The weinermcdowell Real Estate Outlook January 2014 Edition Our local real estate market continues to be incredibly strong with inventories remaining lower than normal and interest rates still at historical lows. While we have experienced an amazing 43 percent increase in Bay Area median prices in the past year, we are at a 46 percent deficit, inventory wise in Pleasanton at this time. This supply constrained market makes it a really good time to be a seller; and with interest rates still in the range of 5 percent or less, it is also a terrific time to be a buyer, as your purchasing power is outstanding. We Are Your Pleasanton Real Estate Experts If you have any thoughts of selling, call us today to schedule a free, no obligation evaluation to determine the highest price your home can sell for in today’s market. It won’t cost you any more to work with the very best but it may cost you a great deal if you don’t.

OUR CLIENTS WANT YOU TO KNOW

3616 Nicole Avenue, Pleasanton Sold for $1,838,000 5 Bedroom 3.5 Bathroom +/-4,000 square feet

As a result of their efforts, we received several offers for our home and Peter and Phyllis were able to negotiate an excellent price and terrific terms to include free rent back to assist with the transition and move. We can not say enough good things about Peter and Phyllis and their professionalism, work ethic and experience. Not to mention they are extremely personable and fun to work with. We now count them amongst our friends and look forward to staying in touch. If you are ever in the market to sell or buy a home, do yourself a favor and contact this amazing team to represent you.” -Corey & Catherine / 7888 Golden Eagle *featured above

weinermcdowell.com • (925) 251.2585 pweiner@rockcliff.com • (925) 251.2550 pmcdowell@rockcliff.com • CalBRE #00673849 / 01361481

D

K RIS & T Y LER M O X L E Y

L T SO JUS

685 D UNHILL D R .

2487 T ANAGER D R

6 BD, 6 BA, 5,096sf. on a 15,159 sf. lot. High end upgrades throughout including hardwood floors, custom woodworking and built in cabinetry. Open floor plan w/ bedroom and full bath on main level. Back yard offers covered patio outdoor BBQ/kitchen and pool w/spa. Large open grass area and 3-car garage.

5 BD, 3 BA, 3,044sf. on a 7,850sf. lot. Bedroom and full bath on main level. Newly installed hickory flooring throughout. Open floor plan with formal dining/living room. Kitchen opens to family room. Master w/ retreat, walk-in closet. Built in BBQ & side yard. Close to community pool.

Located in Willow West neighborhood. 4 BD 2 BA, 1,909sf. on an 8,040sf. lot. Updated throughout and an open floor plan. Master suite with his/hers closets. Located next to park and offering side yard access. Private back yard with large patio and pool. Move in ready!

SOLD FOR $1,800,000 G

DIN

PEN

DRE# 00790463, 01412130

4676 J EFFERSON C T PLEASANTON

Located in the Val Vista neighborhood. 4 BD, 2 BA, 1,816sf. on a 6,202 sf. lot. Kitchen opens to family room w/ wood fireplace & dining room combo. Large master suite with sliding door to backyard. Laminate floors, newer windows and roof. Backs to park.

900 Main Street, Pleasanton, CA 94566

ED

ST T LI JUS

1265 S HADY P OND L ANE PLEASANTON

MOXLEYTEAM.COM 925.600.0990

ING

D PEN

OFFERED AT $675,000

DANVILLE

OFFERED AT $1,070,000 D

L T SO

JUS

3546 H ELEN D RIVE PLEASANTON

2 BD + LOFT, 2 BA, 1,459sf. on a 4,500sf. lot. Updated top to bottom and including new paint, carpet, windows and roof. Open floor plan with breakfast nook in kitchen. Vaulted ceilings, gas fireplace and formal dining room. No steps on main level.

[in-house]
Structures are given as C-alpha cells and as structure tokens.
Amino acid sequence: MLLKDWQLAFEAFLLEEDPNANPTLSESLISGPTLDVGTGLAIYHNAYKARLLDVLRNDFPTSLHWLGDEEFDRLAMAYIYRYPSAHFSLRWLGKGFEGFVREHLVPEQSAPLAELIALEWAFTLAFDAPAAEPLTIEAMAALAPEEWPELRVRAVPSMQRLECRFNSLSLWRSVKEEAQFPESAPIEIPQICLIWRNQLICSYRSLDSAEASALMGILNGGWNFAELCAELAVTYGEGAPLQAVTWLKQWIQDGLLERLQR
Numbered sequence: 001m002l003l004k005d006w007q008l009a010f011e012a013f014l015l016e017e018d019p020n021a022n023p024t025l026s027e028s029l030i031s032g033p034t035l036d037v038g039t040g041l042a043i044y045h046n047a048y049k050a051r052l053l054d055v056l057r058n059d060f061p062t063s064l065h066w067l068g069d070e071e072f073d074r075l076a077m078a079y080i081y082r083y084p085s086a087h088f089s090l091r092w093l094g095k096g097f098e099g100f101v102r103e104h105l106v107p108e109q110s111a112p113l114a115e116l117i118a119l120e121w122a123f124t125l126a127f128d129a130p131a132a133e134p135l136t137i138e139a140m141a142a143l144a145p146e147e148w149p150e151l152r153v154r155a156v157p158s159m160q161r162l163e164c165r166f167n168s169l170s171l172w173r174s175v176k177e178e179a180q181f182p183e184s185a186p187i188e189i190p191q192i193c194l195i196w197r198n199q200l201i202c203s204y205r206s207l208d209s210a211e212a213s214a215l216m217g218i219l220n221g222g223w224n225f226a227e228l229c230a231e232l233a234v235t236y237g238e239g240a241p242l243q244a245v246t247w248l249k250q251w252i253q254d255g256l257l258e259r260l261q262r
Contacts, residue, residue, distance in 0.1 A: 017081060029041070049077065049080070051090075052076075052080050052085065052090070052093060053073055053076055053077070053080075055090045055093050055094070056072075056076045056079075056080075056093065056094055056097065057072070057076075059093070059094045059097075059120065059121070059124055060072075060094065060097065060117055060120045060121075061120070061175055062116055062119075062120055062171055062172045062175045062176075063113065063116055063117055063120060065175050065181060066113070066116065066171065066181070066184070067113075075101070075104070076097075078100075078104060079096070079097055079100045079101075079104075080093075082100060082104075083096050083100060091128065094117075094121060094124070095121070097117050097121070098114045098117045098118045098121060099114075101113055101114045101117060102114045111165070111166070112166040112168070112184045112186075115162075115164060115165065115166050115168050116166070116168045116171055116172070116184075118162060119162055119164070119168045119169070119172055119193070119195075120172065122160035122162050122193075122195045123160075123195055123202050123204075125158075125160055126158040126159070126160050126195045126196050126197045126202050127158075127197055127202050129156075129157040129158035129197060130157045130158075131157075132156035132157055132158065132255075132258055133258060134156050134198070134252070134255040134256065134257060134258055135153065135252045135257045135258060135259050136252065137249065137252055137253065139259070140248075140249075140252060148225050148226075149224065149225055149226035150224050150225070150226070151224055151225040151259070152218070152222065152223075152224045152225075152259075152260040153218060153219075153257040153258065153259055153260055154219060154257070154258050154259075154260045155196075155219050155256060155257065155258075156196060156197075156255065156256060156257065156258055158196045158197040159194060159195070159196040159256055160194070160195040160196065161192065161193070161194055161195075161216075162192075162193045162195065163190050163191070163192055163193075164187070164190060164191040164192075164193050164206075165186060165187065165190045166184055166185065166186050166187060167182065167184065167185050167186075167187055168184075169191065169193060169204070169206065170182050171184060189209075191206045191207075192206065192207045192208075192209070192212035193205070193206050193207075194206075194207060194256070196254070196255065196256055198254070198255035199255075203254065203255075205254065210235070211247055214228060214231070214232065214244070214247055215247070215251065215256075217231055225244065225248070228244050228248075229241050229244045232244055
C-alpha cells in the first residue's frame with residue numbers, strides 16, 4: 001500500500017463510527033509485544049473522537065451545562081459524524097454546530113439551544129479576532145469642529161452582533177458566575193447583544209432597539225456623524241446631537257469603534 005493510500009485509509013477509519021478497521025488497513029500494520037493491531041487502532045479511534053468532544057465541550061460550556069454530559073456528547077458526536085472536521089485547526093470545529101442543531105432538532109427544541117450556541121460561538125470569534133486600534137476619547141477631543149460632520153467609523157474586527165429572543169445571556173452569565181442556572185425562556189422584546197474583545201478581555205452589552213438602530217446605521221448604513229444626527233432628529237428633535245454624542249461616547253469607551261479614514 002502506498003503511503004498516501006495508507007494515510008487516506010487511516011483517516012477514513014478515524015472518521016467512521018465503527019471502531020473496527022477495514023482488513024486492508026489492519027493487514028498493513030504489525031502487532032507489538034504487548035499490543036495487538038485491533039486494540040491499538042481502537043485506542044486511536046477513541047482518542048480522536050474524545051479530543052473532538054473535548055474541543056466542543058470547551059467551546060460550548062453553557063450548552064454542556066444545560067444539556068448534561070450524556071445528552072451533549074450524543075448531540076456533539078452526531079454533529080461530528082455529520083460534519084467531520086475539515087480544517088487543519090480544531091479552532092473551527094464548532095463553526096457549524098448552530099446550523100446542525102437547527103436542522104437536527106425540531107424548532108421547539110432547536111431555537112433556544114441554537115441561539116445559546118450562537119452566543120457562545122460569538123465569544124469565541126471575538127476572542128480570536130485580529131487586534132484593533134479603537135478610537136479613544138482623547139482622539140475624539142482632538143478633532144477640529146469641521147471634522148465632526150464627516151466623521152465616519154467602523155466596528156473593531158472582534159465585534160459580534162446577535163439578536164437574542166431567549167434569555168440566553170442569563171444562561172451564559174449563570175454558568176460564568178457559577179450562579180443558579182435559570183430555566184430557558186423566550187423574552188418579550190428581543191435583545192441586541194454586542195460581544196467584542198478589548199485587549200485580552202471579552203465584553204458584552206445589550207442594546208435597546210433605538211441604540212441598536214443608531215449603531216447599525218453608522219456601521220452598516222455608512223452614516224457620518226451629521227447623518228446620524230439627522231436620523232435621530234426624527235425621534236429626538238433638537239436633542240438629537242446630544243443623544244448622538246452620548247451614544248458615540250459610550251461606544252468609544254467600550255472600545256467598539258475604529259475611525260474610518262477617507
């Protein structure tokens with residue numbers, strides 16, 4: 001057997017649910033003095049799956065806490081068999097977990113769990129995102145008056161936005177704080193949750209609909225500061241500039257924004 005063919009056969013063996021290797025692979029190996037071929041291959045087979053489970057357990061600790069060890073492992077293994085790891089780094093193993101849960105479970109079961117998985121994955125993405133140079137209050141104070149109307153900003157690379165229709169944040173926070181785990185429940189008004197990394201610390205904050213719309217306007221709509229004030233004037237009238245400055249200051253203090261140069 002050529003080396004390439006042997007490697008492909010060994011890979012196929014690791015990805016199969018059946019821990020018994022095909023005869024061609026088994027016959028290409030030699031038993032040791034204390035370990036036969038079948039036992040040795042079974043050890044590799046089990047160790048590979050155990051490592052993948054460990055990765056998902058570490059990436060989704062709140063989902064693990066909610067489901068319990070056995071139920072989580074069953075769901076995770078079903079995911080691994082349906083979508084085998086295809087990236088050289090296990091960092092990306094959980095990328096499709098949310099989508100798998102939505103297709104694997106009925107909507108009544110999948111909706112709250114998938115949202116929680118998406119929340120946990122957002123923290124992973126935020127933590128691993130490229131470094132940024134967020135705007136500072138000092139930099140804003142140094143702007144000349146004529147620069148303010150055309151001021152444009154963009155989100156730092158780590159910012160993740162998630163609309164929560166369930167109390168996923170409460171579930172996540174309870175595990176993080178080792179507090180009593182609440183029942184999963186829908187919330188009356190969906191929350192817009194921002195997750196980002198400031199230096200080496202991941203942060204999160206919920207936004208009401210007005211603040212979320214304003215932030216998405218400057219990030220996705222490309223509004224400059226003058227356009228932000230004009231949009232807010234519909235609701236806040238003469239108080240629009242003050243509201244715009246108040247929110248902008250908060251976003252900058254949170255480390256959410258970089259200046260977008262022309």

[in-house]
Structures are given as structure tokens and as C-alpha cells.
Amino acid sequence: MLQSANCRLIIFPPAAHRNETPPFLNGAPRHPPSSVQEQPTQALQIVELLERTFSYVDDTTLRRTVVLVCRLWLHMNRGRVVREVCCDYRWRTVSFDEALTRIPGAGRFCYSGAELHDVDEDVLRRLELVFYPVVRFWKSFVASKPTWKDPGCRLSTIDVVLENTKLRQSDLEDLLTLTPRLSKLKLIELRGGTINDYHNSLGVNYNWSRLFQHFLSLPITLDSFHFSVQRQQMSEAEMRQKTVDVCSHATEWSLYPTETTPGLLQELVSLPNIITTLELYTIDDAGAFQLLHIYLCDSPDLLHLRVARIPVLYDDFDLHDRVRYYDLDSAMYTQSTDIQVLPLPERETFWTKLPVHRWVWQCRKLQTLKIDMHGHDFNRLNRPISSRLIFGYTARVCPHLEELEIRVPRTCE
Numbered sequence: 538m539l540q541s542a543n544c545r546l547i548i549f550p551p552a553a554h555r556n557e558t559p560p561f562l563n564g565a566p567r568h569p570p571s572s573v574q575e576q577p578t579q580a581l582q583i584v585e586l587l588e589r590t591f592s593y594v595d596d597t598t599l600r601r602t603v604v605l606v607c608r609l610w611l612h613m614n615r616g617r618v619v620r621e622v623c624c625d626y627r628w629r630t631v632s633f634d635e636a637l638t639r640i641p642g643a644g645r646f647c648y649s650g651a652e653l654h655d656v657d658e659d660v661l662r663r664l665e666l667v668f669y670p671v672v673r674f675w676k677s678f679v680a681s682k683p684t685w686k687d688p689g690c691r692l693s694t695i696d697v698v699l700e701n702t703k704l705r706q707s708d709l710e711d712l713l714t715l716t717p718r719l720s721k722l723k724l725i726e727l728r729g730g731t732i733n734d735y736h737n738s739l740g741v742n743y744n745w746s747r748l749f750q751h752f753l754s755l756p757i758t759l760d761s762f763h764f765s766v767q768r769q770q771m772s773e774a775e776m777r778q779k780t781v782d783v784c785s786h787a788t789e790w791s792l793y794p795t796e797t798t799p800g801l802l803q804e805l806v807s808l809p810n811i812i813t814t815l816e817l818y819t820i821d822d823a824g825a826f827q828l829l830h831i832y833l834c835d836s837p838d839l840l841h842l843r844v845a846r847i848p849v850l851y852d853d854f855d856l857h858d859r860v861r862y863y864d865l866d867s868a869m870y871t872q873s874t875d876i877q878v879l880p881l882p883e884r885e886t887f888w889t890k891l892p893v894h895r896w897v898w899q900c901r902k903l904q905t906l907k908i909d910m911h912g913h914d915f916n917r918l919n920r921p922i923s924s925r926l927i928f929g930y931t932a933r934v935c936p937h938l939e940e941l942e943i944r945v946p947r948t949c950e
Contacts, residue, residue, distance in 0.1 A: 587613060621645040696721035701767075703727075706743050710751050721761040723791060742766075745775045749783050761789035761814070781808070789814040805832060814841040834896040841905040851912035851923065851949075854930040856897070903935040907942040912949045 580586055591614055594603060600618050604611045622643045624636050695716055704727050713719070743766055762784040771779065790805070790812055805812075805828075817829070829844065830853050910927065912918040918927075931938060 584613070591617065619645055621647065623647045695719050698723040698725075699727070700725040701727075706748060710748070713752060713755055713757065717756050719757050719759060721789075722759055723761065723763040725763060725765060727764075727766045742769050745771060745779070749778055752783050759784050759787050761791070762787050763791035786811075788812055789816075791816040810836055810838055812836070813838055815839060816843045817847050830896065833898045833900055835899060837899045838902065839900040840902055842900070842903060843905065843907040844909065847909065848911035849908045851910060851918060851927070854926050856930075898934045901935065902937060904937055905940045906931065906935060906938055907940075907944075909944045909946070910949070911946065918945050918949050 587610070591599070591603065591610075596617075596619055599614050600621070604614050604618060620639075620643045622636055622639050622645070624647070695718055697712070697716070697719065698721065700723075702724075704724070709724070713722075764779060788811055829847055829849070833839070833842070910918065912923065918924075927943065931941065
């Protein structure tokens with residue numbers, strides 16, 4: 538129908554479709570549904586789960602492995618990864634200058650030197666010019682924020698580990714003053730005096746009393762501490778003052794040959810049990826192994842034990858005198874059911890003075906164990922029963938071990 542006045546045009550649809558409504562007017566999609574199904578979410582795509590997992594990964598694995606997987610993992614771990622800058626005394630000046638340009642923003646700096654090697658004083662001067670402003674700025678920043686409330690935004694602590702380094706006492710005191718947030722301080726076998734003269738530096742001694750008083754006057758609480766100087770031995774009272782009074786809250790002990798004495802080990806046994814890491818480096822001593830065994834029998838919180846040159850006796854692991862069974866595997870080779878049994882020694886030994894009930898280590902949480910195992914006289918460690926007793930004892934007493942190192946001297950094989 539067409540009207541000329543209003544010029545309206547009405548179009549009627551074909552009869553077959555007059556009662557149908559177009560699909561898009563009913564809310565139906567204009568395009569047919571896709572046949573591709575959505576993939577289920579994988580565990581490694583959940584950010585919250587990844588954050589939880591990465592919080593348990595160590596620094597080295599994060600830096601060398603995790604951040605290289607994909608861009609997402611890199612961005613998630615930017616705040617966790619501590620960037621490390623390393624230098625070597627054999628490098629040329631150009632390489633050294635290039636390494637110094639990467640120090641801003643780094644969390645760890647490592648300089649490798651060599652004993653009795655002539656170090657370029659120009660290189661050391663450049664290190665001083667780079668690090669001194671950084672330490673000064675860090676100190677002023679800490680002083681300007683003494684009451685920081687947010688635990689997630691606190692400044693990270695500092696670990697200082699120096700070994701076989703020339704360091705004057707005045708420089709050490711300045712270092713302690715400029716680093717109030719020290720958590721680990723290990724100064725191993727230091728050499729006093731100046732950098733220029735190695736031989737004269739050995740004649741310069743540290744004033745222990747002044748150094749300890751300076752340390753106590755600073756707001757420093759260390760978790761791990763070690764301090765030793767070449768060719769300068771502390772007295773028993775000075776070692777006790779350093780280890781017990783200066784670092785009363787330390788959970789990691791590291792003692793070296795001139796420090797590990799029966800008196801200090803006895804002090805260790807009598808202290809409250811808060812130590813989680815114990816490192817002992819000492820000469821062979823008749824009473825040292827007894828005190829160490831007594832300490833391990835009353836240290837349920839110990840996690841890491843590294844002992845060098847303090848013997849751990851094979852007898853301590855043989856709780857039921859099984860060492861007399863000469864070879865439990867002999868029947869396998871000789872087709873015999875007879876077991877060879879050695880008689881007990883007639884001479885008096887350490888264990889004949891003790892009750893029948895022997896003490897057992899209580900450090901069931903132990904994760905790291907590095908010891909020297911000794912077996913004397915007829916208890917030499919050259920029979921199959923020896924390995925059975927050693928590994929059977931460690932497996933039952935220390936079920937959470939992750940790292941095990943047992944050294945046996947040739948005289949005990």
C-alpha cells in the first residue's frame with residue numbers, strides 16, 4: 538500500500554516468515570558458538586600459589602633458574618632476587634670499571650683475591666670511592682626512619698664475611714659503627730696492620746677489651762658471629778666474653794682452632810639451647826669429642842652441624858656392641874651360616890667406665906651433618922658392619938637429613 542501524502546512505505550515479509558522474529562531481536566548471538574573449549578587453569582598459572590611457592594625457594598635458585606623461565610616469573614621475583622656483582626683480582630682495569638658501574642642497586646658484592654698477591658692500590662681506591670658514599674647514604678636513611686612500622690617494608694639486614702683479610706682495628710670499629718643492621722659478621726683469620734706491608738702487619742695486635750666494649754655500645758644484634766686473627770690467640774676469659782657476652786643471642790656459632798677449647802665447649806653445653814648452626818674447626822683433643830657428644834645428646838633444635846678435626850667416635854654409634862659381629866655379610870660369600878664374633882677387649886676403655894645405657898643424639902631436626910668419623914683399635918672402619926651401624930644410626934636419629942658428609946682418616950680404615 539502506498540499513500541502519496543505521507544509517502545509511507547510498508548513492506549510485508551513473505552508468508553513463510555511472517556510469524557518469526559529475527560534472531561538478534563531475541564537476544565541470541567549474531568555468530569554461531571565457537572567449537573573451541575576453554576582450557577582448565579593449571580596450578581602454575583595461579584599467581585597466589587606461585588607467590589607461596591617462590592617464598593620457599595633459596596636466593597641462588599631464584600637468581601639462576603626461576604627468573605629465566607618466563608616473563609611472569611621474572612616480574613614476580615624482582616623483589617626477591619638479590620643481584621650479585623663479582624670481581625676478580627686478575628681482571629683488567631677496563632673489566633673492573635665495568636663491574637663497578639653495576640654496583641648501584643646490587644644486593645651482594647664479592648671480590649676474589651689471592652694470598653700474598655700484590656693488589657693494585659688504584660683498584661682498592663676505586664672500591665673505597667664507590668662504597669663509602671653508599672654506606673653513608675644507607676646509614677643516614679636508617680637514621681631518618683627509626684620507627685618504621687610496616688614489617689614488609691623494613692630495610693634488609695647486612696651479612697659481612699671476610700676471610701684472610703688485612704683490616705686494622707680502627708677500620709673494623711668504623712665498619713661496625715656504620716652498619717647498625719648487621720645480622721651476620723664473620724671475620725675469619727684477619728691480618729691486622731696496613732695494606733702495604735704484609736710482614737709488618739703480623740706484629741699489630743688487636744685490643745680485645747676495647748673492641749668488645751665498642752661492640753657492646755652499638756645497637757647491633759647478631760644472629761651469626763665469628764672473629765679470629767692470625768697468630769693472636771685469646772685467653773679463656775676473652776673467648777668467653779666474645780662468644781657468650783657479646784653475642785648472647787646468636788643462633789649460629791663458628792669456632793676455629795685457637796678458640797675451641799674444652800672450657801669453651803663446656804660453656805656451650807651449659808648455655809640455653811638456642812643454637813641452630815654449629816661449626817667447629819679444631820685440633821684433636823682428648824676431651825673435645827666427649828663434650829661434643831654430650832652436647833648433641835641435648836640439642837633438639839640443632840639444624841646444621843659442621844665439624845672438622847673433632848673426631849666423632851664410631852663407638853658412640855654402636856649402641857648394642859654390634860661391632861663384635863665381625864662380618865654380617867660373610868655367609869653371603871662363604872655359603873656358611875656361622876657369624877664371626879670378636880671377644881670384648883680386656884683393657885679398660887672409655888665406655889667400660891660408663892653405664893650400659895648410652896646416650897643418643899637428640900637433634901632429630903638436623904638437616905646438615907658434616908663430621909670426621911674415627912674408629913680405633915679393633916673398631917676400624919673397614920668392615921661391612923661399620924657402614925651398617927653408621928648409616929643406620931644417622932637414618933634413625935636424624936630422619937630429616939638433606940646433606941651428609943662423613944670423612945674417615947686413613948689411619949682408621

PLEASANTON

OFFERED AT $855,000

Coming Soon: Downtown Pleasanton 3 BD, 2 BA, 2,266sf. Incredible views. Updated throughout. Low $900’s Ironwood Estates Single level, 4 BD, 3 Car Garage, court location.

SOLD FOR $655,000

Pleasanton WeeklyÊUÊJanuary 17, 2014ÊU Page 23

2013

Union City Town home 2 bed, 1.5 bath, inside laundry, 2 car garage, 2 patios! Close to fwys/San Mateo Bridge. Offered at $319,000

Beautiful 4 bedroom, 3 bath home with 1 bedroom and full bath downstairs, huge loft area, approx. 2,823 sq ft, gourmet kitchen with granite, center island & tile ďŹ&#x201A;oor with a 3-car garage in Mountain House. $448,888

Mike Chandler

REALTORÂŽ LIC # 01276455

REALTORÂŽ LIC #01039712 925.426.3858 MikeChandler.kwrealty.com

925.577.5787 www.gailboal.com

Search all PLEASANTON homes available at www.FabulousProperties.net

4 YEARS IN A ROW

2010

We know Ruby Hill!

Our team closed 7 transactions in the Ruby Hill Community in 2013. Whether buying or selling, our expertise in this luxury home market can help you make a move in 2014. From competitive commissions to expert negotiation skills, to comprehensive listing preparation and experienced advice and guidance along the way, our team has a proven track record of success in this community. Call us today for a complimentary consultation and Ruby Hill market update.

Represented Seller

Represented Buyer

1153 Via Di Salerno

3266 Novara Way

DeAnna Armario & Liz Venema REALTORSÂŽ LIC # 01363180 and 01922957

925.260.2220

925.413.6544

DeAnna@ ArmarioHomes.com Liz@VenemaHomes.com

ArmarioHomes.com

OPEN HOUSE 1st Time Open Sun 1-3pm

COMING SOON!

1288 Concord Street,Vintage Hills, Pleasanton 2507 SF with 4 bedrooms and a pool. Great location!

2011

First Time Homebuyers/Investors!

Gail Boal

COMING SOON

2012

Fabulous Foxbrough Estates! Rare ½ acre lot with a sparkling pool, pergola, ďŹ re pit and an amazing 4 bdrm, 4 bath home with 3765 sq ft. Priced in the low $1,500,000â&#x20AC;&#x2122;s

6714 Rancho Ct., Pleasanton Stunning 4 bdrm, one level home. Gourmet granite kitchen with cherry cabinetry & tile ďŹ&#x201A;oors. Expanded family rm. 1700 sq ft. Sparkling pool. Priced in the low $700â&#x20AC;&#x2122;s

5728 Westbury Way, Dublin Dublin Tassajara Creek Home! Built in 2003, 3BD, 2.5BA, 1884 sq. ft. 1 dog okay Rent $3200

6334 Shorewood Ct, Pleasanton Val Vista Location! 3BD, 2BA, + Sunroom 1372 sq. ft. RV/Boat Parking Rent $2900

209 Compton Circle # C, San Ramon Wonderful Condo! 2BD, 1BA, 924 sq. ft Rent $1700

FREE RENTAL ASSESSMENT Find Out Your Rental Value Today!

Kevin and Bernetta Wess Tri-Valley Property Management LIC # 01482226 & 01465272

925.290.8143 www.TriValleyManagement.com

REALTORSÂŽ, GRI, CRS, SRES

925.463.0436 | www.SoldinaFlash.com

7650 Canyon Meadow Circle #E, Pleasanton

Open Sat/Sun 1-4

Wonderful 2 bedroom, 2 bath condo with lots of natural light. Fireplace, balconies, inside laundry and detached single car garage. Resort like living with 2 pools, tennis, volleyball & basketball court and a gym. Priced to sell at $399,000

2014 will be a great year for real estate. If you are thinking of buying or selling, call today to ďŹ nd out how we can help you.

3ERVICEs4RUSTs2ESULTS Melissa Pederson Paal Salvesen REALTORÂŽ LIC # 01002251

REALTORÂŽ LIC # 01928222

925.397.4326

925.520.5630

Open Sunday 1-4

7 Twelve Oaks Drive, Pleasanton One of a kind, custom built home! 3 bedROOMSsBATHROOMSs SF 3PACIOUSLIVINGROOMWOPENBEAMCATHEDRALCEILINGs3OLARHEATEDPOOL #ASITAPOOLHOUSEs-ULTILEVELDECKSs0RIVATEACRELOTWITHSWEEPINGVIEWS Priced to sell at $1,750,000

7301 Joshua Circle, Pleasanton Great location near excellent schools. 3 bedrooms, 3 baths on a corner lot. New kitchen appliances, new carpets, freshly painted. Built in 1986. Close to Foothill High School. Priced at $690,000. Call for an appointment to see this amazing home.

CALL TO SHOW!

Tom Fox Broker Associate LIC # 00630556

Cindy and Gene Williams

925.872.1275 www.TomFox.com Tom@TomFox.com

REALTORSÂŽ BRE LIC # 01370076 and 00607511

melissapedersonhomes@gmail.com paal@paalsalvesen.com www.melissapederson.com

925.918.2045 www.WilliamsReGroup.com

Amazing Agents... Doing Amazing Things

Andrew Greenwell Team Leader/CEO AGreenwell@kw.com

â&#x20AC;&#x153;We are enjoying home ownership for the ďŹ rst time and are so grateful that we found our KW Agent to help us. Their insight, excellent negotiations, and knowledge of the Tri-Valley was amazing! Thank you for being there for us during the entire process.â&#x20AC;? â&#x20AC;&#x201D; Janice & Ryan Spuller

5994 W. Las Positas, Suite 101, Pleasanton | 459 Main Street, Pleasanton | 2300 First Street, Suite 316, Livermore | Broker License # 01395362


Pleasanton Weekly 01.17.2014 - Section 1